7 Common Restaurant Payroll Mistakes

7 Common Restaurant Payroll Mistakes
Kelsea Schnitzler

By Kelsea Schnitzler

Restaurants are similar to spider webs.

They all appear similar, but when you look closer each web is intricately woven in unique patterns. This is just like a restaurant, made up of its own interconnected components. Every department and all the operations around those departments need to work together seamlessly to ensure the smooth running of the business. It's a delicate balance that's easy to disrupt.

What's one of the most common ways to disrupt this delicate ecosystem? Payroll. Payroll is a web of its own.

Consequences of payroll mistakes

Small payroll mistakes can lead to costly consequences like compliance issues, financial penalties, higher employee turnover, and even lawsuits. When you complete payroll manually, mistakes are inevitable. Take this story from Leo Smigel, the founder of Analyzing Alpha who's been involved with several restaurant ventures:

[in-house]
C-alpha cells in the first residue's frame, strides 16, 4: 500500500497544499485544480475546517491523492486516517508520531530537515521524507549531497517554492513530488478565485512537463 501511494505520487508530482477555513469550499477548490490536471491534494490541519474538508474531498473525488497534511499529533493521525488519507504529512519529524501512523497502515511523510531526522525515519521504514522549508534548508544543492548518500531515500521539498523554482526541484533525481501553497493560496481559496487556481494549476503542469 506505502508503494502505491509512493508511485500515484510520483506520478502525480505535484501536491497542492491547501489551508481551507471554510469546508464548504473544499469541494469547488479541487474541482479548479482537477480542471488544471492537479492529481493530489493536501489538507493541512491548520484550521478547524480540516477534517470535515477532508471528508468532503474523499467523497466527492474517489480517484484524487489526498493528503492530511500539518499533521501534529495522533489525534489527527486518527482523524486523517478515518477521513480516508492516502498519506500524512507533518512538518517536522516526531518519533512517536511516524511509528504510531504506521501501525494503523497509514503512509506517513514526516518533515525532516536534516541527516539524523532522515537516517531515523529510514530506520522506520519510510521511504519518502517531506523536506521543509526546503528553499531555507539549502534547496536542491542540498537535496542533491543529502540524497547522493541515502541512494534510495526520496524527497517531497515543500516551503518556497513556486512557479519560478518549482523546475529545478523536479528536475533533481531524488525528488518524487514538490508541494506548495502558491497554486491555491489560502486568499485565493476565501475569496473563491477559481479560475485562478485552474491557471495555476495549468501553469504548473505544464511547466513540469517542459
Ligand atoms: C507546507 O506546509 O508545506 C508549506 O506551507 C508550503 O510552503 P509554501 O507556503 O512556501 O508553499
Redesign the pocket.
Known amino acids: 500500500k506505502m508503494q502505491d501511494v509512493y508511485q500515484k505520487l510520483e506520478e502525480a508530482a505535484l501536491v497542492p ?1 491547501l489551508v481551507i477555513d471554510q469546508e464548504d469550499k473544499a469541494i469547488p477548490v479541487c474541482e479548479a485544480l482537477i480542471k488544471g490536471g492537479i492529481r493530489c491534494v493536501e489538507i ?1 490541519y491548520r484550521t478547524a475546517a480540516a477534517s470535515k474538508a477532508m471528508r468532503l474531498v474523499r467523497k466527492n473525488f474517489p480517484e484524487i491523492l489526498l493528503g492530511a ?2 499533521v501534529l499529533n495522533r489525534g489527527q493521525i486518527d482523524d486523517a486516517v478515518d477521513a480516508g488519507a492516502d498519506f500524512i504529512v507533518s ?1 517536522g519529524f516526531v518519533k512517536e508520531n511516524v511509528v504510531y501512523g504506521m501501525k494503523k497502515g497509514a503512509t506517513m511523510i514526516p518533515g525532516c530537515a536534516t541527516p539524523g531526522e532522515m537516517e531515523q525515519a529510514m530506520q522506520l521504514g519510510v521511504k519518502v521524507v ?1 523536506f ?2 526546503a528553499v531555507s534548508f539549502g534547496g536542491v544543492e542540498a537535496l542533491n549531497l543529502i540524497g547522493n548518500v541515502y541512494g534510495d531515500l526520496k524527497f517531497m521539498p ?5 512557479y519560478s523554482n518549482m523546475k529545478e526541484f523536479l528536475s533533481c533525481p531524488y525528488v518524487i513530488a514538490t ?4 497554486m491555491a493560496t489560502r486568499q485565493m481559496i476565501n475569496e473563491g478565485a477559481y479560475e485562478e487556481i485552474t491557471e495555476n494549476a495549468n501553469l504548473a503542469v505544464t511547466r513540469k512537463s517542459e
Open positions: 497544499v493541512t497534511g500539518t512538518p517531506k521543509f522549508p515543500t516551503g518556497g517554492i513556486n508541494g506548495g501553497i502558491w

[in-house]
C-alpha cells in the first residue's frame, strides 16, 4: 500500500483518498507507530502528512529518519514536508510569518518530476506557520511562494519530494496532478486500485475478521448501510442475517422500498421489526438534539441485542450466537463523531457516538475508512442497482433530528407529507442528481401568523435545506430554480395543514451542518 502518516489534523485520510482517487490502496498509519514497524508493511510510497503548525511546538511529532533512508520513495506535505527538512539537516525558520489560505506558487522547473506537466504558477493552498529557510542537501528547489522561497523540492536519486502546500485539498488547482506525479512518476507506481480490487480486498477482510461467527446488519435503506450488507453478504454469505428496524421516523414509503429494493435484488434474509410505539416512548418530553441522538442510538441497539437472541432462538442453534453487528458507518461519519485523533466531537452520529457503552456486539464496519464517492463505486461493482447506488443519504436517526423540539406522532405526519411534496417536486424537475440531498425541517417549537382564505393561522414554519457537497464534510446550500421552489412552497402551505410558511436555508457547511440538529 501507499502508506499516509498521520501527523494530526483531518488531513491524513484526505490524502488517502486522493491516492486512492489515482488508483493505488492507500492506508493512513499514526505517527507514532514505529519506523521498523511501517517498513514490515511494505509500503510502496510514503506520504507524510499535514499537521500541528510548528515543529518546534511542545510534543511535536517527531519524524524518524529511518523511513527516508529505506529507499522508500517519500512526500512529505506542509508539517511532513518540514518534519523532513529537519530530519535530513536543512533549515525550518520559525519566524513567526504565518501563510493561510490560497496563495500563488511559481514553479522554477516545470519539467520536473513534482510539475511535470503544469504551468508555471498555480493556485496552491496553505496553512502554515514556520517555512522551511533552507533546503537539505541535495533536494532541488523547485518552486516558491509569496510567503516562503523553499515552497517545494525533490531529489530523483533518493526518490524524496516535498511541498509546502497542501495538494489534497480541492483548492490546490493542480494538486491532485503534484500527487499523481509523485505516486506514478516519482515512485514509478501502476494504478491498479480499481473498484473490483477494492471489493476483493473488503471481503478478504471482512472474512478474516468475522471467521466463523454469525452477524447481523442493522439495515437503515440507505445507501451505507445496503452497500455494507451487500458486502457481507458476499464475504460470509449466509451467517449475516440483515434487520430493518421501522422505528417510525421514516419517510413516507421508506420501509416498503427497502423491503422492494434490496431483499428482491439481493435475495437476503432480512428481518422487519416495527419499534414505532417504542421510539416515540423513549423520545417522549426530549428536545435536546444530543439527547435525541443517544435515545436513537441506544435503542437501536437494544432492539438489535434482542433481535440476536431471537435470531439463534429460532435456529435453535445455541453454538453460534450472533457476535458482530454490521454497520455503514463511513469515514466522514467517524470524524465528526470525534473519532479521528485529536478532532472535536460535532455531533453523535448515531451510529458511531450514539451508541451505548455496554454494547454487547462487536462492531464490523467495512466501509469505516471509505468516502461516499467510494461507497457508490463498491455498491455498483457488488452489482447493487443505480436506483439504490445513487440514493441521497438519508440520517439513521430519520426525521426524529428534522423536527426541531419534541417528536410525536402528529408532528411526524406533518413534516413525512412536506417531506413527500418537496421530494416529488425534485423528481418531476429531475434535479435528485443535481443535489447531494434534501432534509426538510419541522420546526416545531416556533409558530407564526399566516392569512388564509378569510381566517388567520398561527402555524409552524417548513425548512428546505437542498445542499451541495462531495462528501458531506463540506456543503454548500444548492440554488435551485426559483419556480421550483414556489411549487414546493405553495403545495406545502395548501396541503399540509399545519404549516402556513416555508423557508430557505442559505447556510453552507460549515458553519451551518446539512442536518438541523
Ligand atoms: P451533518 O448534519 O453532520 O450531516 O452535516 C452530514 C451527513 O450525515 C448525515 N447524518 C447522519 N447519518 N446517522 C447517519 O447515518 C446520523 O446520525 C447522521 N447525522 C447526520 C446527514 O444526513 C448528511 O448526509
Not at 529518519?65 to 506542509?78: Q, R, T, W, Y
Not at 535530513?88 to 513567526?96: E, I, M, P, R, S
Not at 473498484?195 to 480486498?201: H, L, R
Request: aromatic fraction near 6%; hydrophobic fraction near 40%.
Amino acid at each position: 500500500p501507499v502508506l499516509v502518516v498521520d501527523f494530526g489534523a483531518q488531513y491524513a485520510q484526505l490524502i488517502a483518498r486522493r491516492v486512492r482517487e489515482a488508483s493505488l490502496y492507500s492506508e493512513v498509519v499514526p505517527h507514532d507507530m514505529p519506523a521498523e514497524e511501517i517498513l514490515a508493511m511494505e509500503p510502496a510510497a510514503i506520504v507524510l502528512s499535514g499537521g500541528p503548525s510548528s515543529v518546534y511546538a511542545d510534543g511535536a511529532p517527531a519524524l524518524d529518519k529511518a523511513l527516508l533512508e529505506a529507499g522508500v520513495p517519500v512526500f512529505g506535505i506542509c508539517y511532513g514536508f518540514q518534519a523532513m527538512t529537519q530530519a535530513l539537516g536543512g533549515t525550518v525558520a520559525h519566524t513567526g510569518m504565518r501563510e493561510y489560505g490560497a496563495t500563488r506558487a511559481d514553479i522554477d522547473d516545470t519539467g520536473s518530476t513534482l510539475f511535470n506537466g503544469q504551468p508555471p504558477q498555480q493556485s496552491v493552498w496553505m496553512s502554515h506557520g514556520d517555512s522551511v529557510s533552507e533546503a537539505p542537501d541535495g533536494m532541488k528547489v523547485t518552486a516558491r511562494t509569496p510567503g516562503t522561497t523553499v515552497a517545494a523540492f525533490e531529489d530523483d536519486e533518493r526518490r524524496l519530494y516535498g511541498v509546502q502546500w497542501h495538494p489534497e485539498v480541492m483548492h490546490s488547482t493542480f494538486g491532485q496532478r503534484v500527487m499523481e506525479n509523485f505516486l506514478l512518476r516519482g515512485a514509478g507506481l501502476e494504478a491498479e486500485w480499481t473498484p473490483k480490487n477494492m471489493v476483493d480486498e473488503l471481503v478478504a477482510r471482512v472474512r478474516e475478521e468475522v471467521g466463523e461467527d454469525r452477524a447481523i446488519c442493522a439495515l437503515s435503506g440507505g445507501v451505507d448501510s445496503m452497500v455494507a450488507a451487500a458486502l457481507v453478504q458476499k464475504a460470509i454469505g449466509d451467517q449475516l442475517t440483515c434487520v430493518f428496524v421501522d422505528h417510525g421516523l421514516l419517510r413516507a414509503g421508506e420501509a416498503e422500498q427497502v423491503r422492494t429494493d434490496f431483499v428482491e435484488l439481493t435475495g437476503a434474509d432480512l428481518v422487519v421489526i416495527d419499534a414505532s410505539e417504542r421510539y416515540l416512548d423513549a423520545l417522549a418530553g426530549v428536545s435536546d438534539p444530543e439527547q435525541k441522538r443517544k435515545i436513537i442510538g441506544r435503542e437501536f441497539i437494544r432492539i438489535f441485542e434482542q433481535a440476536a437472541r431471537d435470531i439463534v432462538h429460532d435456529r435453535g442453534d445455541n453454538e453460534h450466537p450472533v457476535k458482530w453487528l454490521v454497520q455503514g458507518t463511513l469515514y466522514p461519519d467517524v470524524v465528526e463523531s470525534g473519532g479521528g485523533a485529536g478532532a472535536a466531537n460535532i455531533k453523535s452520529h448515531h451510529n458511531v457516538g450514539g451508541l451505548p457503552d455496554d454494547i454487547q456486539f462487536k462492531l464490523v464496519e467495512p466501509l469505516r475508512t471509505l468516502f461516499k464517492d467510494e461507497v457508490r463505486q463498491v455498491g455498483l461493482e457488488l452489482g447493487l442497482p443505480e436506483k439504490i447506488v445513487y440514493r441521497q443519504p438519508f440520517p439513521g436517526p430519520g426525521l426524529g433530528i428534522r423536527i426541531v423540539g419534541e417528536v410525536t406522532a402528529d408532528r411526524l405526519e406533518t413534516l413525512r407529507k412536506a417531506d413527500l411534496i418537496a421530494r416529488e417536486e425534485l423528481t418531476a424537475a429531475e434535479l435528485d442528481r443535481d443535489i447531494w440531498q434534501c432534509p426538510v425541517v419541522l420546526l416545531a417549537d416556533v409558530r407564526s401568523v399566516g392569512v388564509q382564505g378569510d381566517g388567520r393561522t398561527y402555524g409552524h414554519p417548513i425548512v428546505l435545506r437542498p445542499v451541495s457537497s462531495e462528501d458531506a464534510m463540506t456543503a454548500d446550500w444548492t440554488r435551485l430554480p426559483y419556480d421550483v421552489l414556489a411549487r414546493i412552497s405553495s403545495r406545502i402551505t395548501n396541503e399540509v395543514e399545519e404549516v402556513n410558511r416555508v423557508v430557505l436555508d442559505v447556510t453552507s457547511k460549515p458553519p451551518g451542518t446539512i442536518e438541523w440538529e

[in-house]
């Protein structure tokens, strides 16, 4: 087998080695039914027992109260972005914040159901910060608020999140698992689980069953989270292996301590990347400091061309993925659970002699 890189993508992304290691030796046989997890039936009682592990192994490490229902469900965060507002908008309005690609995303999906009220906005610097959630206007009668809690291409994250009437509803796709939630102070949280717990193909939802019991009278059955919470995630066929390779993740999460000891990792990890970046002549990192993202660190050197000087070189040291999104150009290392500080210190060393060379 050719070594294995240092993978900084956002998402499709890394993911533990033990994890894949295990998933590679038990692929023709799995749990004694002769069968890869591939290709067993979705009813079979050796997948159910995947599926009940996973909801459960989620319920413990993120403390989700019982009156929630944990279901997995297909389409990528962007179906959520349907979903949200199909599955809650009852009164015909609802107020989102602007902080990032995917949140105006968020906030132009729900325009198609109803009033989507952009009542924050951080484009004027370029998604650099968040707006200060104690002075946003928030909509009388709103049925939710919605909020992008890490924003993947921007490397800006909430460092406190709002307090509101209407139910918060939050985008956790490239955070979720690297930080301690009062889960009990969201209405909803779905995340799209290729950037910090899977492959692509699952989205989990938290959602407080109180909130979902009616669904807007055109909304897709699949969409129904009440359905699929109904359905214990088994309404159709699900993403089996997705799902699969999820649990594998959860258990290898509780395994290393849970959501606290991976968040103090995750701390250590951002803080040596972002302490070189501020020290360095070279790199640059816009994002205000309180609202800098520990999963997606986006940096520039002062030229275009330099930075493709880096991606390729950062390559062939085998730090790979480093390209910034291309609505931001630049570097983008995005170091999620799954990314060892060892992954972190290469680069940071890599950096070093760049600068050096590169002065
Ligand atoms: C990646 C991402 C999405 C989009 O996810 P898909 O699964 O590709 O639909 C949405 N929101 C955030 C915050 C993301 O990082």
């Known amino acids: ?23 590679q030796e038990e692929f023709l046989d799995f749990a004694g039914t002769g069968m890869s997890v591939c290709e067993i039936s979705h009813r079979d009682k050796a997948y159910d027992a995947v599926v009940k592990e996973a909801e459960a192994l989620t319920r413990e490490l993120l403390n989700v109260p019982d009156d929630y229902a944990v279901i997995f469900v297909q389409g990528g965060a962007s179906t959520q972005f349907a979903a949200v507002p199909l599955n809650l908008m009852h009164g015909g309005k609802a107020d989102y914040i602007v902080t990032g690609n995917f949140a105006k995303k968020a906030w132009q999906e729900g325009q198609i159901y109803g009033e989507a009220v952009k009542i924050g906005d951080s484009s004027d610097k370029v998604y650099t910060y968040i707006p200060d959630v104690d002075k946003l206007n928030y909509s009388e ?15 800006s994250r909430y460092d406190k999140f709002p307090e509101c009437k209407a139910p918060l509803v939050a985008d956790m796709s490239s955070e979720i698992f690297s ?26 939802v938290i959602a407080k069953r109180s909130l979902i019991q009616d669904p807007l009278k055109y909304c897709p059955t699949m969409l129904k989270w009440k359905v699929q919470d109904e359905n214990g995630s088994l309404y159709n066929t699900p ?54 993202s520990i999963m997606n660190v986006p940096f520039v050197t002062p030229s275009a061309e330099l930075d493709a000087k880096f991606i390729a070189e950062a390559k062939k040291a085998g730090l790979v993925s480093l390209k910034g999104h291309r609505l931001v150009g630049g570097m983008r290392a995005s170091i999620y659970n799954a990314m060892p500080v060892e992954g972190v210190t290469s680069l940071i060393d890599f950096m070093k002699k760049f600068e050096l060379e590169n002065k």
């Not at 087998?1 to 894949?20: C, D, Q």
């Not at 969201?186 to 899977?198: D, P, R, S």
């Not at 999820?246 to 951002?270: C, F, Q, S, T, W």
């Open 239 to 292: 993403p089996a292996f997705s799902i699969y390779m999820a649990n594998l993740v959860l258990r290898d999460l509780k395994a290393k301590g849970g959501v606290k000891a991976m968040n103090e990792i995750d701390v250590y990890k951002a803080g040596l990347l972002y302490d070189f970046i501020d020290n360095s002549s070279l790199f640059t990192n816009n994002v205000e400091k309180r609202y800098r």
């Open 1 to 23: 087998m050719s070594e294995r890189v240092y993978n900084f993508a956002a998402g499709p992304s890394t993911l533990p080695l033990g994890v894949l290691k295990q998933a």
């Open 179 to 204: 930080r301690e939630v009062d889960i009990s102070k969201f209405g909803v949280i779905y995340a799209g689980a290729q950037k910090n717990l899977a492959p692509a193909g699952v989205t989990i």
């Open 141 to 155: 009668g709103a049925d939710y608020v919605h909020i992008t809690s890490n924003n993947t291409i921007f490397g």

"My buddy really got himself into a pickle. He had this cool little bistro that was doing pretty well. You know how it is with small businesses. He had to juggle a ton of stuff himself, including doing payroll by hand. But, let's be honest, keeping track of all the numbers wasn't his cup of tea, and he messed up a few times.

Then, out of the blue, these labor audit folks showed up, and man, did they find a heap of issues. They discovered he'd gotten overtime wrong, goofed up the tip records, and even made a few mistakes with the tax stuff. Because of all these mix-ups, he got slapped with some big fines. And the audit was a pain in the neck—he had to dig out all sorts of paperwork and answer a million questions, which ate into the time he should have been spending running his place.

But the thing that really stung was how his staff reacted. Some felt they'd been shortchanged because of the payroll snafus. It took him a good while and a lot of elbow grease to win back their trust.

What happened to my friend was a real eye-opener for a lot of us in the biz. It drove home how important it is to keep your records straight, why you should use a decent payroll system, and how you've got to stay on top of the rules and regs. We all learned a lesson from his tough experience." -Leo Smigel